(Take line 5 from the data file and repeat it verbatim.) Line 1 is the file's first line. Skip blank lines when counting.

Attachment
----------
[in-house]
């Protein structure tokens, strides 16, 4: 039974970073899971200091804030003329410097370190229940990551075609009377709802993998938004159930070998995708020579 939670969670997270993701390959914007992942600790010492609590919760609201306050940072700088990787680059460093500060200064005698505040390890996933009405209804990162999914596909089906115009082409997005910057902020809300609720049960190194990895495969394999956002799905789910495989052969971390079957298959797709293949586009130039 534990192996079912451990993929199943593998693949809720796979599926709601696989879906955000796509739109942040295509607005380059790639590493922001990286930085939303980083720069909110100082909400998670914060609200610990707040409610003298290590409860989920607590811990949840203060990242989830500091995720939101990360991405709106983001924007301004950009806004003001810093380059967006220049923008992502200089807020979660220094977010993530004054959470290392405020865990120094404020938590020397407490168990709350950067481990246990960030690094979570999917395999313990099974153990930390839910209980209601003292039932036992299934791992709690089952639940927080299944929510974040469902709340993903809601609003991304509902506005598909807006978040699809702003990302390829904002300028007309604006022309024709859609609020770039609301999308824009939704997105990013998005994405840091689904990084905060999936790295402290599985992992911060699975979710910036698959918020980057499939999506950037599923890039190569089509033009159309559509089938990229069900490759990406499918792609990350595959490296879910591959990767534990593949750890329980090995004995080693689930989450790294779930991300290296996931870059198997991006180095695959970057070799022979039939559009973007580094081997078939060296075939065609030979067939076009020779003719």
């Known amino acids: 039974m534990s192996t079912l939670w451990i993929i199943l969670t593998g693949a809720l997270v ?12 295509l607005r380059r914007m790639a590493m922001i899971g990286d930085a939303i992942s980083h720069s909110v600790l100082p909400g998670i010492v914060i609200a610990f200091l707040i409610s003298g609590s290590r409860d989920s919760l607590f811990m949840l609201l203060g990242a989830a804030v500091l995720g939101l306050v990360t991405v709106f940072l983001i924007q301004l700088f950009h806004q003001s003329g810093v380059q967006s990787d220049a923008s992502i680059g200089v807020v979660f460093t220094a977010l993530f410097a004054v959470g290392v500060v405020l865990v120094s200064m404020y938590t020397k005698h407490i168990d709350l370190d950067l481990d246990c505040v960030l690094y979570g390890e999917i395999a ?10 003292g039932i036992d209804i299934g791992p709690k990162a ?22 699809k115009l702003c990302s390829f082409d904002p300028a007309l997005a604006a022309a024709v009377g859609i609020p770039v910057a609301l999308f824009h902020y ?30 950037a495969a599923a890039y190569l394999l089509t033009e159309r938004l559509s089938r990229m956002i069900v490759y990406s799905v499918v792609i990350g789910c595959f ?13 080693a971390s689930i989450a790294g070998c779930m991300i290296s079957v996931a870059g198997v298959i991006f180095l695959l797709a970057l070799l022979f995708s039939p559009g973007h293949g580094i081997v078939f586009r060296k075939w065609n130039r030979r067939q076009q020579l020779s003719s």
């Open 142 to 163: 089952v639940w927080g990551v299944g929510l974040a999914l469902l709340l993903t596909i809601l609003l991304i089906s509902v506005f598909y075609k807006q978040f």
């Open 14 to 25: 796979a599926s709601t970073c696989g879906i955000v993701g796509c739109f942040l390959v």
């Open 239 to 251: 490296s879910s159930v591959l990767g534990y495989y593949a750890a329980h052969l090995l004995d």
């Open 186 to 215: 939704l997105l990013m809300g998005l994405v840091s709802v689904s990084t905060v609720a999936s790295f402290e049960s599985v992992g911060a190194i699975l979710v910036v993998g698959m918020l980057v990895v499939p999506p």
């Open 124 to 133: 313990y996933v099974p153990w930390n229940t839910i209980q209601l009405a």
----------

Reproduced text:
């Open 14 to 25: 796979a599926s709601t970073c696989g879906i955000v993701g796509c739109f942040l390959v």